After graduating from the State University of New York at Buffalo in 1976, Cindy Sherman quickly attracted attention for her photography series entitled 'Untitled Film Stills' (1977–1980).Read More
Mimicking the aesthetics of 1950s and 1960s Hollywood films, B-movies, and European arthouse films, the 69 black-and-white photographs are fictitious stills from movies that never existed. In the images, Sherman 'plays' stereotypical female characters, such as a housewife in Untitled Film Still #35 (1979) or a young girl just arrived in the big city in Untitled Film Still #21 (1978).
Sherman's interest in the visual codes of femininity—with attention to fashion, makeup, demeanour, and stereotypes—continued through 'Centerfolds', a series of 12 horizontal prints commissioned by Artforum in 1981.
In reference to the centrefolds found in men's magazines and a pervasive history of consuming the female body through images, the artist photographed herself in passive positions, either lying or kneeling. The images were interpreted by some critics as showing women in vulnerable situations, which led Artforum to reject them. Sherman directly followed the series with her four 'Pink Robes' photographs, for which she posed as a woman covering her body with a pink robe and gazing challengingly at the camera, refusing objectification.
Sherman's photography considers the relationship between identity and mass media. Her work as such has been associated with the Pictures Generation, a group of young American artists from the 1970s and 1980s that includes Louise Lawler, Sherrie Levine, Robert Longo, Laurie Simmons, and Richard Prince.
Questioning notions of authorship, the Pictures Generation artists were inspired by French cultural critics and philosophers like Michel Foucault, Julia Kristeva, and Roland Barthes, the last of whom famously declared 'The Death of the Author' in his 1967 essay. Barthes denied the possibility of original authorship, arguing that any creative output is, in fact, a derivative of others' work. Sherman—acting as both the author and subject throughout her practice—similarly does not see her artworks as images of herself, but instead as reproductions of ideas and archetypes.
Reacting to a mounting contemporary art market demand for her photographs, from the mid-1980s some of Sherman's photographic series took a darker turn, with the artist increasingly disguising herself to the point of unrecognisability.
The images in 'Fairy Tales' (1985) and 'Disasters' (1986–1989), for instance, are inhabited by gory remnants of a violent crime or the aftermath of unknown disasters, featuring body parts, vomit, and blood.
Part of the 'Disasters' series, Untitled #169 (1987), features a close-up of a man's head lying on the ground, surrounded by snow and shattered glass. The man, though completely unrecognisable, is Sherman, transformed with prosthetics and wigs. Conversely, in 'Sex Pictures'—a later series, from 1992—the artist is physically absent from the photographs and instead populates the images with anatomical mannequins arranged into vulgar and disturbing sexual positions.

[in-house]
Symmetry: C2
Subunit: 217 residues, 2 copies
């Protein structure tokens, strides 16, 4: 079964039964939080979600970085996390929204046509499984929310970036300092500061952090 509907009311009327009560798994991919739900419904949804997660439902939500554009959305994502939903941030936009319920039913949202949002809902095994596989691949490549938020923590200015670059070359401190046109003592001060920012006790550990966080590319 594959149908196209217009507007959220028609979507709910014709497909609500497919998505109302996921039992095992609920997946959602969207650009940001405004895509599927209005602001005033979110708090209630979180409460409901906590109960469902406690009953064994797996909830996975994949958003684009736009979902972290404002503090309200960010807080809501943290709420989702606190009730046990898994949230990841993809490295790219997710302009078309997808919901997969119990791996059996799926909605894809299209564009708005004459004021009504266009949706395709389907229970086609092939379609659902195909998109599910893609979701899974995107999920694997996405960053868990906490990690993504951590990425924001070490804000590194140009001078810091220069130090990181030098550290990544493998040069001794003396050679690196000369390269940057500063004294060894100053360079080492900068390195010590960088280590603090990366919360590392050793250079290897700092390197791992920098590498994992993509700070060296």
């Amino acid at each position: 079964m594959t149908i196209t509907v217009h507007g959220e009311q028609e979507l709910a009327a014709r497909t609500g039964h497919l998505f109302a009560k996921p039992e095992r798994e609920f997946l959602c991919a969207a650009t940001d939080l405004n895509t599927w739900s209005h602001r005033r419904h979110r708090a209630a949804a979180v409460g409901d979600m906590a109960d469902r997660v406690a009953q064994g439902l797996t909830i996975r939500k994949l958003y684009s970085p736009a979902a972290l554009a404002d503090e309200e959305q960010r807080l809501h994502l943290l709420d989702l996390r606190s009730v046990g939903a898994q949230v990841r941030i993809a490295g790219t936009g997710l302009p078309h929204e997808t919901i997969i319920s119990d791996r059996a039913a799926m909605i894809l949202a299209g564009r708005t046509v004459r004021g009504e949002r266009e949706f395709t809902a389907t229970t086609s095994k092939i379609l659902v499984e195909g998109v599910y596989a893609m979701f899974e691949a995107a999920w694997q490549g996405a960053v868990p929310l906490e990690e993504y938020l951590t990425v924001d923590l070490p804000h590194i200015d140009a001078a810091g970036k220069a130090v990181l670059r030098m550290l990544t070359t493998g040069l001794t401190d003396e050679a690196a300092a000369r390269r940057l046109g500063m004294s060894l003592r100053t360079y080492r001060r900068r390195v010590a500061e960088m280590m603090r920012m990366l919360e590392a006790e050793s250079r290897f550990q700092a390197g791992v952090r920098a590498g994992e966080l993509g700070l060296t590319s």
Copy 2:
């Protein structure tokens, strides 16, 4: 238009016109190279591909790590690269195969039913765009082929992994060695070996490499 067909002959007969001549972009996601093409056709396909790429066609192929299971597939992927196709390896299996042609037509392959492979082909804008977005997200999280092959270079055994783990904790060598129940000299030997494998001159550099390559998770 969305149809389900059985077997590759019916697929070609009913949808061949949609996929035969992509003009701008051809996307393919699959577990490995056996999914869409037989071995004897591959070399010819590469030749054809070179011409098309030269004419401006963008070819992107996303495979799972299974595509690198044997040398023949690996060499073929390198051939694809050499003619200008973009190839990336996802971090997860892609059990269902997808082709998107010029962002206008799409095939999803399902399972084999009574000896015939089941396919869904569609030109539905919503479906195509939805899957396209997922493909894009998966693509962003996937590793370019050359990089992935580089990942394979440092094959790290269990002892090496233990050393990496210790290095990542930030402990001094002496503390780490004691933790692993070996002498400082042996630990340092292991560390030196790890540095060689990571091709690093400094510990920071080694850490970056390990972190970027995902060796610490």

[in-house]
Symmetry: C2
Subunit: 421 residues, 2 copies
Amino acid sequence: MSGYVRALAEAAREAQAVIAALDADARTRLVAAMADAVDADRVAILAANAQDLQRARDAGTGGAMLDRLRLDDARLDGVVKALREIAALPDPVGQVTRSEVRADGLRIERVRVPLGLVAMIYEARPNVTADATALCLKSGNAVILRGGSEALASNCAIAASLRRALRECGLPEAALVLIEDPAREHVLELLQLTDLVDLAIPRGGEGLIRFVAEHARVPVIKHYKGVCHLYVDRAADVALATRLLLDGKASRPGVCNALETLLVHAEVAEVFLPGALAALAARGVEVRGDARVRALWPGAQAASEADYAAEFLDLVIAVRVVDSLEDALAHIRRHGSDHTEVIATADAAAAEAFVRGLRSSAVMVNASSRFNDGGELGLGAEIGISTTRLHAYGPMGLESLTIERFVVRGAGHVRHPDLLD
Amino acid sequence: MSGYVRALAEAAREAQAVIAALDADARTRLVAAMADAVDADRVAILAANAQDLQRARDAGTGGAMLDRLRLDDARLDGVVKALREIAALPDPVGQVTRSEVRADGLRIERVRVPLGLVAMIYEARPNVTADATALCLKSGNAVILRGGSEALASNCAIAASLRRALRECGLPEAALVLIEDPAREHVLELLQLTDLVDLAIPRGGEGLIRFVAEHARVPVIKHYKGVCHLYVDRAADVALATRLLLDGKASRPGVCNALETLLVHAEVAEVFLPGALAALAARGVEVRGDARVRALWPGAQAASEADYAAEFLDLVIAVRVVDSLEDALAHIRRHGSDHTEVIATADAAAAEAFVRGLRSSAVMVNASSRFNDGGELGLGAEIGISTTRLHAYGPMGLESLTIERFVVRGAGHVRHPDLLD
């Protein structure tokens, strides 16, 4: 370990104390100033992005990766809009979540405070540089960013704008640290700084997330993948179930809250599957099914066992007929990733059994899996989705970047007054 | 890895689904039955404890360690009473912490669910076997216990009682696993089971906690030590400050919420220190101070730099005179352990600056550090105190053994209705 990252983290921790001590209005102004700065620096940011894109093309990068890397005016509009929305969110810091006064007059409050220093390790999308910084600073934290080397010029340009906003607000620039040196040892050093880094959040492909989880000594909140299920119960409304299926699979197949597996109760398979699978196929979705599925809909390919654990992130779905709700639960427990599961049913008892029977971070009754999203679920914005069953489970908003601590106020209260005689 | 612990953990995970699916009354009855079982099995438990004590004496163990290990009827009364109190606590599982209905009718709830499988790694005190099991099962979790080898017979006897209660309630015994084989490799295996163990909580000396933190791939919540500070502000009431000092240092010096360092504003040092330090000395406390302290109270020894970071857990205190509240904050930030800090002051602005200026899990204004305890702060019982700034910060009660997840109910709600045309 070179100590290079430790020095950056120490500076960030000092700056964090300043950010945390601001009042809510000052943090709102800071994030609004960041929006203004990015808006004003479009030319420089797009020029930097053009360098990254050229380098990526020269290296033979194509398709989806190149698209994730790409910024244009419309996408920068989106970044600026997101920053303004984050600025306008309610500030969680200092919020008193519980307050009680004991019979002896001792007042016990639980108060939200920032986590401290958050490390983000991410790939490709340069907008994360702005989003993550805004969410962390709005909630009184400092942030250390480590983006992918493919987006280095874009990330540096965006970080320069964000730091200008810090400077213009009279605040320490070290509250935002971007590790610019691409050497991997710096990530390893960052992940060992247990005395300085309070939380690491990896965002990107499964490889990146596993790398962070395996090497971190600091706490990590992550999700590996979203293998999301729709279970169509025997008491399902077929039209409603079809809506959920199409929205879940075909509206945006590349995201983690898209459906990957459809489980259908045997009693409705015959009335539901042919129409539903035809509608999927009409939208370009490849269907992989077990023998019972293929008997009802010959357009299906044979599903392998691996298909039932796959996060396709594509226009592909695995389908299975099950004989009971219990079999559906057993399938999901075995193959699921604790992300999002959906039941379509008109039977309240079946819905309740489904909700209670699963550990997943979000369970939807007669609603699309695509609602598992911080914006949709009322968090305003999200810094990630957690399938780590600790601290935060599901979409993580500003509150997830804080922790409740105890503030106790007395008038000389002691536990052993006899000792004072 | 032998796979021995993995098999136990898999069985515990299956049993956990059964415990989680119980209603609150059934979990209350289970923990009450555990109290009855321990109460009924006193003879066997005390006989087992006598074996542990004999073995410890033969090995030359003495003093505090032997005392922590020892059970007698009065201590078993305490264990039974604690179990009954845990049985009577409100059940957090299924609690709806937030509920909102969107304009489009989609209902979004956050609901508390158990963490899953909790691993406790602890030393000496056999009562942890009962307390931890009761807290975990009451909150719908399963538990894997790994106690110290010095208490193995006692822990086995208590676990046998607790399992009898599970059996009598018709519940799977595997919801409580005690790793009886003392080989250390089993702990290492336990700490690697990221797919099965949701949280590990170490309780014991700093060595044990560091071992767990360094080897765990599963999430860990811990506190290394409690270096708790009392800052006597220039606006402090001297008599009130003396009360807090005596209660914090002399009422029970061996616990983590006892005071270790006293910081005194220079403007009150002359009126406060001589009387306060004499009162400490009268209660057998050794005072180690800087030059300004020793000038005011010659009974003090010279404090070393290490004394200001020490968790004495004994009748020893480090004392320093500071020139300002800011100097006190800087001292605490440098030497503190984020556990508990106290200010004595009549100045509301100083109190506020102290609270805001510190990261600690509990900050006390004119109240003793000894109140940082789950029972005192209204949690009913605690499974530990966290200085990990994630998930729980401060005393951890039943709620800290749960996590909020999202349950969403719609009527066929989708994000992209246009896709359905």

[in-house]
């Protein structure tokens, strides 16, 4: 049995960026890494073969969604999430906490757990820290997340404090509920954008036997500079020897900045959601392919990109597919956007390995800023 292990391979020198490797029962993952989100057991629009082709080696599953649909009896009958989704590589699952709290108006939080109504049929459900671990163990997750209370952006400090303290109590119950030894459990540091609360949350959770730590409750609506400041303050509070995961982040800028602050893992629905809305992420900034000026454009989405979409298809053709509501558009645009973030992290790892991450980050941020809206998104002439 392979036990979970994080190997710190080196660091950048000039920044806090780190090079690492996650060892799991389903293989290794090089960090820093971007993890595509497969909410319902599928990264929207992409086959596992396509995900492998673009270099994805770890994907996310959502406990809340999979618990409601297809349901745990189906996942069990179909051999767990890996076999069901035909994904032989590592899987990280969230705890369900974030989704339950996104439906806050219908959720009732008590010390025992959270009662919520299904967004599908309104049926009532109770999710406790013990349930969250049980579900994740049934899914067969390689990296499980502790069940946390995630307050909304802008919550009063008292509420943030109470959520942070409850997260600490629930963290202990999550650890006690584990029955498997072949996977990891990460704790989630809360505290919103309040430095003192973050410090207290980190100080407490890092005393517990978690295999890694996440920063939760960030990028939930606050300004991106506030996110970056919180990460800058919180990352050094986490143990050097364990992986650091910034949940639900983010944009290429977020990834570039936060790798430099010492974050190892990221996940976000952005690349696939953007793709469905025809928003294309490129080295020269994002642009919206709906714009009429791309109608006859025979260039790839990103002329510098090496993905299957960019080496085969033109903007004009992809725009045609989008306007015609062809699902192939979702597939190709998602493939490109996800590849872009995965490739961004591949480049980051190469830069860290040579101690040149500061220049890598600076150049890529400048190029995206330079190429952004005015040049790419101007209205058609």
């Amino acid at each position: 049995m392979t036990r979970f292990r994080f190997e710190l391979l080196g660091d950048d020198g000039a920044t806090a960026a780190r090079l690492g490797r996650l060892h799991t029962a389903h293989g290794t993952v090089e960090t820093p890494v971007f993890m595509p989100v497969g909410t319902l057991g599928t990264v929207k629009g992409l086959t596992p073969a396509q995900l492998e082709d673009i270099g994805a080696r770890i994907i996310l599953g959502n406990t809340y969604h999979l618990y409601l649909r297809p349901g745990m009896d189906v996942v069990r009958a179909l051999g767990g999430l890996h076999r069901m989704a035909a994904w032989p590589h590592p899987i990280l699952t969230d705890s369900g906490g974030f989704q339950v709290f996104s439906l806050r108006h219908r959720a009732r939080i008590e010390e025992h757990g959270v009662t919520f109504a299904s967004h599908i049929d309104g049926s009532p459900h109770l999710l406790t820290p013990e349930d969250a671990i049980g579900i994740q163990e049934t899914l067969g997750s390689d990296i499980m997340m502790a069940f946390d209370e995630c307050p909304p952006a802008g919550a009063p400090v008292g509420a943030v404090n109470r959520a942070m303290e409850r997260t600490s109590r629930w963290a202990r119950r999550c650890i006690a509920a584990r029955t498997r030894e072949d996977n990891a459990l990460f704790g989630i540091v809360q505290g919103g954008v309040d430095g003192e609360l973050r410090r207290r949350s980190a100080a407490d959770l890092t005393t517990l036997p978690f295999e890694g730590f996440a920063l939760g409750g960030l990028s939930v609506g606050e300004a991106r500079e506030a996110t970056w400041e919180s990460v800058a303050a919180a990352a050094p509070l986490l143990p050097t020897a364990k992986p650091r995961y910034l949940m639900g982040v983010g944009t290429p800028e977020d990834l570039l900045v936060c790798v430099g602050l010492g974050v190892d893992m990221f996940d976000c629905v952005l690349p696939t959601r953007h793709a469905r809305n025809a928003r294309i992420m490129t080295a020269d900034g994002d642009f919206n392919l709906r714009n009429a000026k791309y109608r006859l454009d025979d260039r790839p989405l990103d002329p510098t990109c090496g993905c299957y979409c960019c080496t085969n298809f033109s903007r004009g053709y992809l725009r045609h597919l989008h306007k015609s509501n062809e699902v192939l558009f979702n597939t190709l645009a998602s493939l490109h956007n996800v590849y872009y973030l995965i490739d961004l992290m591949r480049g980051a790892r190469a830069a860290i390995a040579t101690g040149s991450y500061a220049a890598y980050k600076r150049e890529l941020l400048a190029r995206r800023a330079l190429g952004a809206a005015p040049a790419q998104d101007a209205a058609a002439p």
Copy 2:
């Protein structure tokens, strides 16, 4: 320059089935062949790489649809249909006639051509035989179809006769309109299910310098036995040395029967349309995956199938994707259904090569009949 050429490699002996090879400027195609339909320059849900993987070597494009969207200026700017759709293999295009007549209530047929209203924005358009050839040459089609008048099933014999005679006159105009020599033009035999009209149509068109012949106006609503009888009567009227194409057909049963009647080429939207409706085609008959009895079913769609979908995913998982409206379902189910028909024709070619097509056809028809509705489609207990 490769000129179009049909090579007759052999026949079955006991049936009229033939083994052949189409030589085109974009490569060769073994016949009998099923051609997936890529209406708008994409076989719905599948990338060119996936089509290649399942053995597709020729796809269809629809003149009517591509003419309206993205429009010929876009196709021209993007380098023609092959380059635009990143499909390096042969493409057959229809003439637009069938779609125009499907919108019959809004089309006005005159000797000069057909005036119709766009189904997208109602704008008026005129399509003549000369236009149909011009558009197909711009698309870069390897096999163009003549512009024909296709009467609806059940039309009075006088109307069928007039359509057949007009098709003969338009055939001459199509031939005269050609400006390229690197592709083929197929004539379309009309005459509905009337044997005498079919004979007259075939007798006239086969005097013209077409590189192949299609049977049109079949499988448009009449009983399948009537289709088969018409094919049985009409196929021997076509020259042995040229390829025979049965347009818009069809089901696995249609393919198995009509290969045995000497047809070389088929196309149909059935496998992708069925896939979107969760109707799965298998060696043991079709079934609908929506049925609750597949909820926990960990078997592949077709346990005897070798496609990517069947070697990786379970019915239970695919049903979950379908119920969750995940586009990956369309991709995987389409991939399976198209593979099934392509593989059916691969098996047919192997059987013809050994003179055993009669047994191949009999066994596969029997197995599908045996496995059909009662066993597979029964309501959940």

Made around the same time as 'Disasters' and 'Sex Pictures', the series 'History Portraits' (1988–1990) saw Sherman borrowing from European portraiture traditions to cast solemn-looking figures in absurdly artificial settings.
Untitled #228 (1990) is a full-length portrait of Sherman dressed as Judith, a biblical figure who beheaded the Assyrian general Holofernes to save her people, and a popular subject in Renaissance and Baroque paintings. While Sherman composed the portrait with references to Western art historical conventions—such as the use of textiles to adorn the background—she also willingly discloses the artificiality of the scene: Holofernes' head, upon closer inspection, is more like a Halloween mask than a real head; the fabrics, though enhanced through the camera, are cheap buys from thrift stores.
In another image, Untitled #216 (1989), the artist's awkwardly attached prosthetic breast reveals the portrait as a staged scene. Through her undisguised use of props and prosthetics, Sherman exposes the artificiality of identity construction; the ideas of identity, just like portraits, are always mediated.
In more recent years, Sherman has confronted the obsession with youth in contemporary culture. 'Society Portraits' (2008) shows her as various women of wealth, whose heavy make-up and surgical enhancement hint at attempts to conceal and slow down the process of ageing. In another series from 2016, entitled 'Flappers', Sherman portrays ageing movie stars styled as they had been in their youth, criticising the impossible demands on women to maintain their youthful appearances.